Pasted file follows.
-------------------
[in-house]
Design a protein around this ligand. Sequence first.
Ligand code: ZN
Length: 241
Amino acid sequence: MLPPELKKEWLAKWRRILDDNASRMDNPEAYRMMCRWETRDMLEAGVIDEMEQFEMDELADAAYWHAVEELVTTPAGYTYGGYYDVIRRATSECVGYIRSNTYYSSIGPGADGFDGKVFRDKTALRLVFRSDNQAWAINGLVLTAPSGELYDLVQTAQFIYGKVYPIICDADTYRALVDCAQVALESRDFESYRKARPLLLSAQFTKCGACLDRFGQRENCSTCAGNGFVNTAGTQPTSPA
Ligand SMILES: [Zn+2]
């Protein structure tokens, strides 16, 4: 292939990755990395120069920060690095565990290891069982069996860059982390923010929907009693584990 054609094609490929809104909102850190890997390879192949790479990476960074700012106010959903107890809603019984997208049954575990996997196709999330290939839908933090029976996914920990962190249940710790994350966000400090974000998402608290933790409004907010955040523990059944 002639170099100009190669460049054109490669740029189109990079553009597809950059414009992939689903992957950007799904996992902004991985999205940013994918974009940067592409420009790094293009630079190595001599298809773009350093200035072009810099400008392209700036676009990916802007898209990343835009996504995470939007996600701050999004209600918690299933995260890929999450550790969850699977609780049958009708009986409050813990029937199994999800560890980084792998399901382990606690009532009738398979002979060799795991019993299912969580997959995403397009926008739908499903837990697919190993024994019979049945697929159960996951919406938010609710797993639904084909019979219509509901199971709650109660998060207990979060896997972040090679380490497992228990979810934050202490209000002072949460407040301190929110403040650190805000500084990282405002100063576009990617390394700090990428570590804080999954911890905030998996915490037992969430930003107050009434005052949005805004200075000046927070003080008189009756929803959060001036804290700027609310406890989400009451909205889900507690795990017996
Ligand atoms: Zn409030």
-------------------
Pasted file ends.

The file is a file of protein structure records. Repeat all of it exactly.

[in-house]
Design a protein around this ligand. Sequence first.
Ligand code: ZN
Length: 241
Amino acid sequence: MLPPELKKEWLAKWRRILDDNASRMDNPEAYRMMCRWETRDMLEAGVIDEMEQFEMDELADAAYWHAVEELVTTPAGYTYGGYYDVIRRATSECVGYIRSNTYYSSIGPGADGFDGKVFRDKTALRLVFRSDNQAWAINGLVLTAPSGELYDLVQTAQFIYGKVYPIICDADTYRALVDCAQVALESRDFESYRKARPLLLSAQFTKCGACLDRFGQRENCSTCAGNGFVNTAGTQPTSPA
Ligand SMILES: [Zn+2]
């Protein structure tokens, strides 16, 4: 292939990755990395120069920060690095565990290891069982069996860059982390923010929907009693584990 054609094609490929809104909102850190890997390879192949790479990476960074700012106010959903107890809603019984997208049954575990996997196709999330290939839908933090029976996914920990962190249940710790994350966000400090974000998402608290933790409004907010955040523990059944 002639170099100009190669460049054109490669740029189109990079553009597809950059414009992939689903992957950007799904996992902004991985999205940013994918974009940067592409420009790094293009630079190595001599298809773009350093200035072009810099400008392209700036676009990916802007898209990343835009996504995470939007996600701050999004209600918690299933995260890929999450550790969850699977609780049958009708009986409050813990029937199994999800560890980084792998399901382990606690009532009738398979002979060799795991019993299912969580997959995403397009926008739908499903837990697919190993024994019979049945697929159960996951919406938010609710797993639904084909019979219509509901199971709650109660998060207990979060896997972040090679380490497992228990979810934050202490209000002072949460407040301190929110403040650190805000500084990282405002100063576009990617390394700090990428570590804080999954911890905030998996915490037992969430930003107050009434005052949005805004200075000046927070003080008189009756929803959060001036804290700027609310406890989400009451909205889900507690795990017996
Ligand atoms: Zn409030």